DWITS #16 – Chapter 13, God Alone Numbers Our Days
This week’s chapter excerpt from, Death Where is Thy Sting: Recovery from the Loss of Our Loved Ones and Preparation for Our Own Final Days. Reflective, transparent writing is emotionally draining and challenging.
(Chapter begins in book.)
I have come to terms with it all, yet my regrets still nag me, my doubts still plague me. Was I a good enough mother? Did I do everything I could have and should have? What if I had done some things different? I constantly replay different scenarios in my mind — reviewing the daily, weekly, monthly, yearly choices I made in parenting Destiny. With her Reactive Attachment Disorder label — and other academic, emotional, and social delays — parenting her was a challenge every day! God has given me peace that I did the best I could, despite her sins and mine.
On her bad days, Destiny was often angry and bitter, which tainted every aspect of our family’s life with her. On her good days, she had the light of Christ glowing from deep within her, which expressed itself as joy in everything she undertook. I miss her singing hymns she knew by heart on her best days — they were indeed great days to remember her by.
We lived a yo-yo life as her second family, and we never knew which way the pendulum would swing when we got up in the morning. Though I was a seasoned parent, every day I flew by the seat of my pants, working extremely hard to patiently show intentional loving kindness instead of easier default frustration and anger. It was a daily challenge for me to have confidence and peace, so self-doubt and distrust ruled my relationship with her. Did I fail her? Despite my best intentions, maybe I did. I will carry that guilty baggage the rest of my life until I see her again in Heaven. By then, there will be no more tears or sorrow for me, either. And for now? I must choose to not beat myself up over my human failings. I have other children to finish raising for whom I need to be mindful as my current priority. They need a Mom who is gentle, joyful, kind, loving, even fun-loving. And so, that is what I strive to be now for their benefit, as well as mine.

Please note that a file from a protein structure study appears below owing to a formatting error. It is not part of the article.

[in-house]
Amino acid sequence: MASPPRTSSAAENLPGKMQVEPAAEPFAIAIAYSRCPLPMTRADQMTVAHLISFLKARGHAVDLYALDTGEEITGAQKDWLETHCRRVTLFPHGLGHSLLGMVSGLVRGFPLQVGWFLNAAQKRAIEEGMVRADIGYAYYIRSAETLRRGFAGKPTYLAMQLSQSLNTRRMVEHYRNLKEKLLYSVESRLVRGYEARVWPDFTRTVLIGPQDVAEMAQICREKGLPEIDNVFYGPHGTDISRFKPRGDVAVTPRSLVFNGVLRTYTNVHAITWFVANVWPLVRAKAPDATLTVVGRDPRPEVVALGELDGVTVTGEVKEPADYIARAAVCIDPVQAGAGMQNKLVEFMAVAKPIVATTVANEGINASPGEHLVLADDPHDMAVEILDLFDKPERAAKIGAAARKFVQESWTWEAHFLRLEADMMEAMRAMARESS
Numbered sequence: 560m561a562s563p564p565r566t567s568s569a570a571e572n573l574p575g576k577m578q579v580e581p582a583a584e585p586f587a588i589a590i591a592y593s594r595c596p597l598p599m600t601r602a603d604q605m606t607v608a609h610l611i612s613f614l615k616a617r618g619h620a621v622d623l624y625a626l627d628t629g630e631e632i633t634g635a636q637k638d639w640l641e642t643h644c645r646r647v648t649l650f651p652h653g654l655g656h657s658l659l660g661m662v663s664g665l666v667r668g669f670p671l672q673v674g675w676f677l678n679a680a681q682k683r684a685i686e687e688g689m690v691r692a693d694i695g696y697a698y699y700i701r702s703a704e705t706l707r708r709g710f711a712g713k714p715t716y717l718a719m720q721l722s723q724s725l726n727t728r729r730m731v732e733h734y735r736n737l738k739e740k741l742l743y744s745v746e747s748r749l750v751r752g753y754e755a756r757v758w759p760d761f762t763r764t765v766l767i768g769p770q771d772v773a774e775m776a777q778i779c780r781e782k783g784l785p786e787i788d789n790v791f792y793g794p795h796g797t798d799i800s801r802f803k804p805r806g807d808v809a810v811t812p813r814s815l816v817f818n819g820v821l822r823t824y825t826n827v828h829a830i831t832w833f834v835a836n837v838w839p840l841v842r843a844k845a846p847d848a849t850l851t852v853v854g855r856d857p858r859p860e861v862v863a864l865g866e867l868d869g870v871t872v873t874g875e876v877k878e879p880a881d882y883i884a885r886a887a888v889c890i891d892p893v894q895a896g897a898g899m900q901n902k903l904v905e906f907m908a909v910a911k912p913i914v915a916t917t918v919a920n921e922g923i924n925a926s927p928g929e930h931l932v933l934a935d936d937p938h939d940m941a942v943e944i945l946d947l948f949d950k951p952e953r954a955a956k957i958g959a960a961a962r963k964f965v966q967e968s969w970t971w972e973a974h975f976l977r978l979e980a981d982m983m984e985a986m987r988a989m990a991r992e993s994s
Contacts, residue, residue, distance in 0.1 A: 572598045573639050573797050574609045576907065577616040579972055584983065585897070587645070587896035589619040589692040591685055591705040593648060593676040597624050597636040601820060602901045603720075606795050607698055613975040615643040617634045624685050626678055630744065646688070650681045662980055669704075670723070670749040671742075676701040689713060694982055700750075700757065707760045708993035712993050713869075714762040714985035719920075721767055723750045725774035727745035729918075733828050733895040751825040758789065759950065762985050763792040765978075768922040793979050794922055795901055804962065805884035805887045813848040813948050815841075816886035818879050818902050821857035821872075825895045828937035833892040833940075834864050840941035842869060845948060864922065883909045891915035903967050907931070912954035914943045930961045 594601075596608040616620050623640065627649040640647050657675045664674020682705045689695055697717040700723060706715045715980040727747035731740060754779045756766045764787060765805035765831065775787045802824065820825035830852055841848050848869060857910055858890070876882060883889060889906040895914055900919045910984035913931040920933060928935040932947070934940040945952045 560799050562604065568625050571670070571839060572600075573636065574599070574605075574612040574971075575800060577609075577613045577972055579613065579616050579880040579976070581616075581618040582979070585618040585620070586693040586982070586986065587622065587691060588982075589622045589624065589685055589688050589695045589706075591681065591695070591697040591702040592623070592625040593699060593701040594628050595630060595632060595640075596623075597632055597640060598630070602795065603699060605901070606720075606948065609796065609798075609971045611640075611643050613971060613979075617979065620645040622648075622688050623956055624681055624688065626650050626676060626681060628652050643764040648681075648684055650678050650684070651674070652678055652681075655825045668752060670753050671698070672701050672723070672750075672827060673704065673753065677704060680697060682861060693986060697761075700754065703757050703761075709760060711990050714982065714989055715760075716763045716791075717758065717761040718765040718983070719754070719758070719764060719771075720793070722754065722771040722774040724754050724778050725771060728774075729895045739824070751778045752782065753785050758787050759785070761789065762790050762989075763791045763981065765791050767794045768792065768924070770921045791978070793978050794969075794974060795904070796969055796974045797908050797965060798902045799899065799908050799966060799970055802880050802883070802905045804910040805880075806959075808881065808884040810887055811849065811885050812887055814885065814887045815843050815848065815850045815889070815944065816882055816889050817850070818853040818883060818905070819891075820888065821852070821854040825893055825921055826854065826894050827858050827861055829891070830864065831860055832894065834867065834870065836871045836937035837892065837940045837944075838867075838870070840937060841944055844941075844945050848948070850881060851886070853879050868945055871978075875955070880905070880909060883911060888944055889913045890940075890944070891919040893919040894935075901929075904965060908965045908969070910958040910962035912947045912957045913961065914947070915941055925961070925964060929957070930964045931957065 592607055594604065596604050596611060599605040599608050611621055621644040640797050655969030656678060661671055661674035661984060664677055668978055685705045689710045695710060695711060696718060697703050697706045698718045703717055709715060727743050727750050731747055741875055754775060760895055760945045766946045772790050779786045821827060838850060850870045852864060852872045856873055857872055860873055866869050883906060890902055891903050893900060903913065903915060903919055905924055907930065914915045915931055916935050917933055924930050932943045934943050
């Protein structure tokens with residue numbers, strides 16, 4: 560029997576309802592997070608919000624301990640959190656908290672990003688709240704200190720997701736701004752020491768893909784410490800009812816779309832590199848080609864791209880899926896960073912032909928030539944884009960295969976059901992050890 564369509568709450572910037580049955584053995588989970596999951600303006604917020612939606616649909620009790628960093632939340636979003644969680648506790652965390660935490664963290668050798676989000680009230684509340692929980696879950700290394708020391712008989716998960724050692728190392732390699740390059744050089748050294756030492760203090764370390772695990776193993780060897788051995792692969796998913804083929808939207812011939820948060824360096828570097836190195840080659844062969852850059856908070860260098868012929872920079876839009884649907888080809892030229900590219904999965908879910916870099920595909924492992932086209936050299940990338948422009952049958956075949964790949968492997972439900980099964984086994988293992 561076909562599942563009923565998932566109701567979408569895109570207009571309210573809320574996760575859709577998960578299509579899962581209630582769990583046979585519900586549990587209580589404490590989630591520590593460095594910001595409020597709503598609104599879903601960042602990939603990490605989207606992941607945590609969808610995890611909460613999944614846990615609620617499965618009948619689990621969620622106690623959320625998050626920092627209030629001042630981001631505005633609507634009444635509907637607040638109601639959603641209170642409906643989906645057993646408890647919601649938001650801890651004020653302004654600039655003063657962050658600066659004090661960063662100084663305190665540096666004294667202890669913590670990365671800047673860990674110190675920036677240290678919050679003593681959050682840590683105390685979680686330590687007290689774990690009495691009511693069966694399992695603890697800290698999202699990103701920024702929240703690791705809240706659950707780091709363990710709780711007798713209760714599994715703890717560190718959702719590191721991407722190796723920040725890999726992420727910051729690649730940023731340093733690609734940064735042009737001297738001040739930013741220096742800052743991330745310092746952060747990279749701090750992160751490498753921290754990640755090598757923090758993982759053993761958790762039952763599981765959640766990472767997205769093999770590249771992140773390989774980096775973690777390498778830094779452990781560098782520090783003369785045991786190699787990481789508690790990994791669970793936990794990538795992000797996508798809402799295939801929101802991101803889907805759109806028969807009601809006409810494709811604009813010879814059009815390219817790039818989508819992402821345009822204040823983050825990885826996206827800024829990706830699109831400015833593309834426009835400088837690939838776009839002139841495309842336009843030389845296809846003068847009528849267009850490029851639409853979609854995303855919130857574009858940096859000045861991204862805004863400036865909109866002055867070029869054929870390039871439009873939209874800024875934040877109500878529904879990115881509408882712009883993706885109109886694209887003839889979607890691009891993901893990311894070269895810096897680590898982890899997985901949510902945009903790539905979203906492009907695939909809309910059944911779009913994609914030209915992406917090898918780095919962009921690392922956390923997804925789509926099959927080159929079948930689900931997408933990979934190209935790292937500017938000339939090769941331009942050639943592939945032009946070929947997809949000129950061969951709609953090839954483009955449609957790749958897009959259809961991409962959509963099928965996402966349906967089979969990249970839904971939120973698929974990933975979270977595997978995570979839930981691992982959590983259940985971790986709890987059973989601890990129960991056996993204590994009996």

Without desiring so, I have become a member in an infamous club for parents with murdered children alongside other guilt-ridden dads and moms. We each live with remorse over our respective child’s life-altering mistakes which proved true our own worst parental fears.
God has indeed given free will to each human, whether adult or child. All of us make choices every day that have small and large consequences — some positive, some negative. Parents tend to second-guess themselves frequently, especially with current trends of negative culture stereotypes regarding what previously would have been considered high-quality, purposeful childrearing.
Often, I read about or even overhear young adults criticizing their parents for this or that in their upbringing. The wisdom these young people might gain in another twenty years when they start raising their own children will likely prove to them their own mom and dad were pretty good parents after all. As with many things in life, we can only do our best and time will tell if our choices were good … or could have been better.